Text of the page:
Still another embodiment of the invention are bacteriostats of the formula A-CN X--. These can be exemplified by:

dioctyl methyl cyanomethyl ammonium bromide;

didecyl methyl 2-cyanopropyl ammonium chloride;

didodecyl methyl 5-cyanopentyl ammonium iodide;

octadecyl dimethyl 6-cyanohexyl ammonium fluoride;

eicosyl diethyl cyanoethyl ammonium chloride; and the like.

More preferably R1 is a C8-20 alkyl, R2 and R3 are methyl groups, m is 2 and X is chlorine or bromine. These are illustrated by:

octyl dimethyl 2-cyanoethyl ammonium chloride;

decyl dimethyl 2-cyanoethyl ammonium bromide;

dodecyl diethyl 2-cyanoethyl ammonium chloride;

tetradecyl dimethyl 2-cyanoethyl ammonium bromide;

octadecyl dimethyl 2-cyanoethyl ammonium bromide;

eicosyl dimethyl 2-cyanoethyl ammonium chloride;

decyl diethyl 2-cyanoethyl ammonium bromide; and the like.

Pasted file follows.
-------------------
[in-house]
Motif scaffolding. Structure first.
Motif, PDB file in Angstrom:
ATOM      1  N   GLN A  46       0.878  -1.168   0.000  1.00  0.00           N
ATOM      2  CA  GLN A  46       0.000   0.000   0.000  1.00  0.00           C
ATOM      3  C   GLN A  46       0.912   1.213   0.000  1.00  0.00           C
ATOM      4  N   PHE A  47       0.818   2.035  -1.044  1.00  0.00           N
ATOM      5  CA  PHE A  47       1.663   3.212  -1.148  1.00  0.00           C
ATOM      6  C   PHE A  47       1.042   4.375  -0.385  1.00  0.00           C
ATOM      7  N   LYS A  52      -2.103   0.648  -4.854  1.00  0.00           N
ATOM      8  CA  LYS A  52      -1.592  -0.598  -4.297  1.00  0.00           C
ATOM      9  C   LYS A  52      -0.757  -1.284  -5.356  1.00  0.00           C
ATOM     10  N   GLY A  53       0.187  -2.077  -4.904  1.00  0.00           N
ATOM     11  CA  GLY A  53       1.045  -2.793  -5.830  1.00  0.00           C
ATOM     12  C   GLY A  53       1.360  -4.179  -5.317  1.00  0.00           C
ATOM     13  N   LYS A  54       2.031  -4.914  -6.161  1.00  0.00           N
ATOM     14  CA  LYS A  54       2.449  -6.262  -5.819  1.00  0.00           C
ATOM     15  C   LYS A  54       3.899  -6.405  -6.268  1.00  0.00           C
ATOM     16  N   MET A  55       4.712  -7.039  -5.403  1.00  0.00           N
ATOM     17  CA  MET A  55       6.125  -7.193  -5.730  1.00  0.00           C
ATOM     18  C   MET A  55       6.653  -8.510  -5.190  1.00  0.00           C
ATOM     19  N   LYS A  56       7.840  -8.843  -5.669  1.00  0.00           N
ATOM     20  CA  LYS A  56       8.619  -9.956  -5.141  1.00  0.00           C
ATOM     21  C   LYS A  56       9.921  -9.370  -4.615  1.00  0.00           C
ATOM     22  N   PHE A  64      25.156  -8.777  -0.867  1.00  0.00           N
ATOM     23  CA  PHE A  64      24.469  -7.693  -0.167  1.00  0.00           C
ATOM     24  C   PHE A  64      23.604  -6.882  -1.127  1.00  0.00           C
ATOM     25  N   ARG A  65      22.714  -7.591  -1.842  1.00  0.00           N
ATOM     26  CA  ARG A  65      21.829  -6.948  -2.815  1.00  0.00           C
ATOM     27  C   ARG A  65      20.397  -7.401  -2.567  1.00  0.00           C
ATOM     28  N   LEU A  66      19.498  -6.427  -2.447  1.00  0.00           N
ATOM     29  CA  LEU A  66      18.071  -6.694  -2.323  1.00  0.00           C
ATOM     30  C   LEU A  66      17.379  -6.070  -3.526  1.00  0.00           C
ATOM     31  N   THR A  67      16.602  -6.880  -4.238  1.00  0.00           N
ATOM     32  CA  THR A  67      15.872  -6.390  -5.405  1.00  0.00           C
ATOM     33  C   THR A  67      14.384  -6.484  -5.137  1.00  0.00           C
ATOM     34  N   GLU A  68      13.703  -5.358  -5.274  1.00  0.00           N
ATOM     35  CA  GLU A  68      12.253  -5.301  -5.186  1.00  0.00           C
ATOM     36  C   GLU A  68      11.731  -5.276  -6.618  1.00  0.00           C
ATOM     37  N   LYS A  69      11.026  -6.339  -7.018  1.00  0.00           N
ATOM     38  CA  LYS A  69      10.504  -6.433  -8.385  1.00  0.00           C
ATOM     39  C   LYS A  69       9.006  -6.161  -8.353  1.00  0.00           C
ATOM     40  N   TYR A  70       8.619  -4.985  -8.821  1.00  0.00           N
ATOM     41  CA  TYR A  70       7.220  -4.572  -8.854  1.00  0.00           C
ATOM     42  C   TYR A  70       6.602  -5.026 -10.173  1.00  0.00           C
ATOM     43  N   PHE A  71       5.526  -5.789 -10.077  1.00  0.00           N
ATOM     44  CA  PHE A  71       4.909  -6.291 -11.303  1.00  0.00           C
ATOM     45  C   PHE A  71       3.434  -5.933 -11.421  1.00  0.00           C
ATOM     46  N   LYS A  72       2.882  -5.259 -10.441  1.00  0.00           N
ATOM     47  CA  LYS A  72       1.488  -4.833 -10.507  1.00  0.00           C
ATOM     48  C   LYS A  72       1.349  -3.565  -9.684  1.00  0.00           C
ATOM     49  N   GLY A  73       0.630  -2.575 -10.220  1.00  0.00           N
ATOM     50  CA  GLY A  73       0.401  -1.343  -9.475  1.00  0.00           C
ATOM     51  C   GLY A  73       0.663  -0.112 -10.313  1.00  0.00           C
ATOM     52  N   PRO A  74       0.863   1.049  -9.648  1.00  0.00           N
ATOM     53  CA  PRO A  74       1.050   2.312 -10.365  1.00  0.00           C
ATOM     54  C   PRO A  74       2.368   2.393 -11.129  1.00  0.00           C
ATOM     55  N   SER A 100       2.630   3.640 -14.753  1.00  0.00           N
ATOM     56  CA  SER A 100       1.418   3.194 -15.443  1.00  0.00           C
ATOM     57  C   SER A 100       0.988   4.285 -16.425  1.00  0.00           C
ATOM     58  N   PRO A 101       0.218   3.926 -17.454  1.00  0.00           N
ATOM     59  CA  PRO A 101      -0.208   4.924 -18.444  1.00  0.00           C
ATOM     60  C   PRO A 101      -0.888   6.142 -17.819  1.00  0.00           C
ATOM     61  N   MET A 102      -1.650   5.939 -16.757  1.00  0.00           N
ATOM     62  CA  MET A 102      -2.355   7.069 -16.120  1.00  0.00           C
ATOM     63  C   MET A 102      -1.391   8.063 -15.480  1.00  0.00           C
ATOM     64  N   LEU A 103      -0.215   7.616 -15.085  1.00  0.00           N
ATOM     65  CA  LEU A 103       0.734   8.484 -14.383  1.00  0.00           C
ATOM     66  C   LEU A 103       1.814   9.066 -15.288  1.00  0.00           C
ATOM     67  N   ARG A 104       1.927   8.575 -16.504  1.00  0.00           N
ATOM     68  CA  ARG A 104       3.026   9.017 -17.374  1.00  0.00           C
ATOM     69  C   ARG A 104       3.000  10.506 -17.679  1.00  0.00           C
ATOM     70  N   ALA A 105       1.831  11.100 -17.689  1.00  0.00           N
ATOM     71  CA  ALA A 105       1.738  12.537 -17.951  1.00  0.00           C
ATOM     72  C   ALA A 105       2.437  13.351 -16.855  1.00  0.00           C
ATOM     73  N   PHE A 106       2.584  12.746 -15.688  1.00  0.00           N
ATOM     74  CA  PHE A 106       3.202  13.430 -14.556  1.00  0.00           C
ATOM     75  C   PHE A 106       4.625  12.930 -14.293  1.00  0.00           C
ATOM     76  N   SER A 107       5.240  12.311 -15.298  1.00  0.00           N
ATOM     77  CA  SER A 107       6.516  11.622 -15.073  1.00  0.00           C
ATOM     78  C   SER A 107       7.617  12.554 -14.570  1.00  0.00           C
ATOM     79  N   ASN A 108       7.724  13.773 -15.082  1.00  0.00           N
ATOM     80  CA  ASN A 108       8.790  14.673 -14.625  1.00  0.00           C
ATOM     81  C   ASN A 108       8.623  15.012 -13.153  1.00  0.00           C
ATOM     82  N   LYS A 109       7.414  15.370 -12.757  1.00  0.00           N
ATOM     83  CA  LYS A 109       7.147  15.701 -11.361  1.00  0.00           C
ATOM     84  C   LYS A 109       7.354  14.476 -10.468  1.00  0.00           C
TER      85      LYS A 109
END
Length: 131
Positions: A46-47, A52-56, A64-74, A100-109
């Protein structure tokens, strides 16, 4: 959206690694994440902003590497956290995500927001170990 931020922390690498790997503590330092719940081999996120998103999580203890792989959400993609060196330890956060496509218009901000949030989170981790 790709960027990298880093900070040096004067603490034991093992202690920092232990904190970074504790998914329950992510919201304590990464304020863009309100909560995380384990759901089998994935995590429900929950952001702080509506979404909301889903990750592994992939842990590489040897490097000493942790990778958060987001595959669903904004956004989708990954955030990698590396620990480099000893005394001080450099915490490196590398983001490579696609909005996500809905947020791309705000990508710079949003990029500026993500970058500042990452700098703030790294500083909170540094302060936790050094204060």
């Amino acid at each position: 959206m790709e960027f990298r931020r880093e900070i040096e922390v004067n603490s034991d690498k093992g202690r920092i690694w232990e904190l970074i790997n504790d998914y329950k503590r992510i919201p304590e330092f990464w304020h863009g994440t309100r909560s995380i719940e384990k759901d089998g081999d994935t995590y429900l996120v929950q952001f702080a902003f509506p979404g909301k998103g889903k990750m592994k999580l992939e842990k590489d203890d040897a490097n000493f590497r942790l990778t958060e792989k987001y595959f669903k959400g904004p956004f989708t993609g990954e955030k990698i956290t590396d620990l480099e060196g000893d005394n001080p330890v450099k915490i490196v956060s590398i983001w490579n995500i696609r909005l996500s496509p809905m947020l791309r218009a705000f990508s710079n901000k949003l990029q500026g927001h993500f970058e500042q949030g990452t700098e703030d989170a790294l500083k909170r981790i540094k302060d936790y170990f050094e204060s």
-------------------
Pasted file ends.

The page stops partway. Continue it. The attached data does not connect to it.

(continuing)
This class of quats can be made by reacting an appropriate haloalkyl nitrile, hal-(CH2)m --CN, with a tert-amine, R1 R2 R3 N, in an inert solvent such as tetrahydrofuran, dioxane or diglyme and preferably under nitrogen and under substantially anhydrous conditions. The following example shows how the nitrile quats can be made.

EXAMPLE 8

In a reaction vessel was placed 130.5 grams of dioxane and 40.48 grams of dodecyl dimethyl amine. While stirring under nitrogen, 25.69 grams of 2-bromoethyl nitrile was added dropwise. An exotherm occurred raising the temperature to 40 C. and a white precipitate formed. The mixture was heated to reflux and held at reflux (approx. 95-100 C.) for 2.5 hours. The mixture was then cooled and an additional 384.49 grams of para-dioxane was added. The product, dodecyl dimethyl 2-cyanoethyl ammonium bromide, precipitated and was recovered by filtration.

In another embodiment of the invention the bacteriostat has the formula ##STR4## wherein Q is hydrogen or a cation.